7 min read

AI Time Interview

I recently gave an interview to the AI Time Journal. I decided to preserve a copy of this interview for posterity. The published version had been slightly edited for better exposition.

At what point did you realise that you wanted to pursue a career in data science (data & AI), and how did you get into it?

I went to graduate school to study Economics, and I ended up studying econometrics and working with data. I always enjoyed coding even though I was entirely self-taught. When I graduated, I was offered a job at the then-nascent Central Economics team at Amazon. This was back in early 2011, before most tech companies started hiring economists. Once I joined Amazon, I realized there was a lot to learn about machine learning and data science, and got hooked.

Could you please elaborate on the different career paths in Data Science?

I really like the way this post from AirBNB categorizes data science jobs: analytics, inference, and algorithms.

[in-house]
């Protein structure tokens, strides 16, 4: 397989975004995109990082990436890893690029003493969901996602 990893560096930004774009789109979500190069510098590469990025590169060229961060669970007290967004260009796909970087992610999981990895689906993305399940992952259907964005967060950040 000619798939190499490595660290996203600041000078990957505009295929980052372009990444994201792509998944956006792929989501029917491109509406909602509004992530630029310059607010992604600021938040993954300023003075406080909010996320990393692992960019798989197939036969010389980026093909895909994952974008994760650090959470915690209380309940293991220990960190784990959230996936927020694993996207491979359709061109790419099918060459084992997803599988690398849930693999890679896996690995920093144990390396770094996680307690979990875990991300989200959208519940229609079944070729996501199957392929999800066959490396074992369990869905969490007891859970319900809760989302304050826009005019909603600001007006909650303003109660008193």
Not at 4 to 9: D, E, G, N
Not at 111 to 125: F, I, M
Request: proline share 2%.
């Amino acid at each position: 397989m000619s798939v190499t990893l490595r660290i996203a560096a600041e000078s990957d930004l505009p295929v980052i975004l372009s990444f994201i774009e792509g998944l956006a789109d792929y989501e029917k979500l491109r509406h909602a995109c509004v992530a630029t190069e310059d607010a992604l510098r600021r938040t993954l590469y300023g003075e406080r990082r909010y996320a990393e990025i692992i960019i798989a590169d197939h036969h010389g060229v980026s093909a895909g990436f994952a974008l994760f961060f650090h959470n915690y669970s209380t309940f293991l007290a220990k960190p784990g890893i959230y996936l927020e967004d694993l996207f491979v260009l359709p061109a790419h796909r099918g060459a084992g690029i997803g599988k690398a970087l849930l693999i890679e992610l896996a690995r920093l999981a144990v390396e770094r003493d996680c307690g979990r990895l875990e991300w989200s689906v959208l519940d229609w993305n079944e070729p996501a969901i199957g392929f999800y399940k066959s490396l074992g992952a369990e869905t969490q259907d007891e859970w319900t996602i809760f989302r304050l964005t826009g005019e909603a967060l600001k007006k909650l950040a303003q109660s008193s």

1. Analytics jobs tend to focus on producing actionable insights from data. E.g. suppose an Amazon customer signs up for Prime, how much more will they end up spending on Amazon in the next few months?

  2. Inference jobs are focused on design, execution, and analysis of experiments, or A/B tests. For example, does showing customer recommendations for related products distract them from their checkout experience, or does it result in additional upsell?

  3. Algorithms jobs are concerned with development of predictive models and deploying them as part of a production workflow, e.g. developing a new recommendation system to promote item discovery.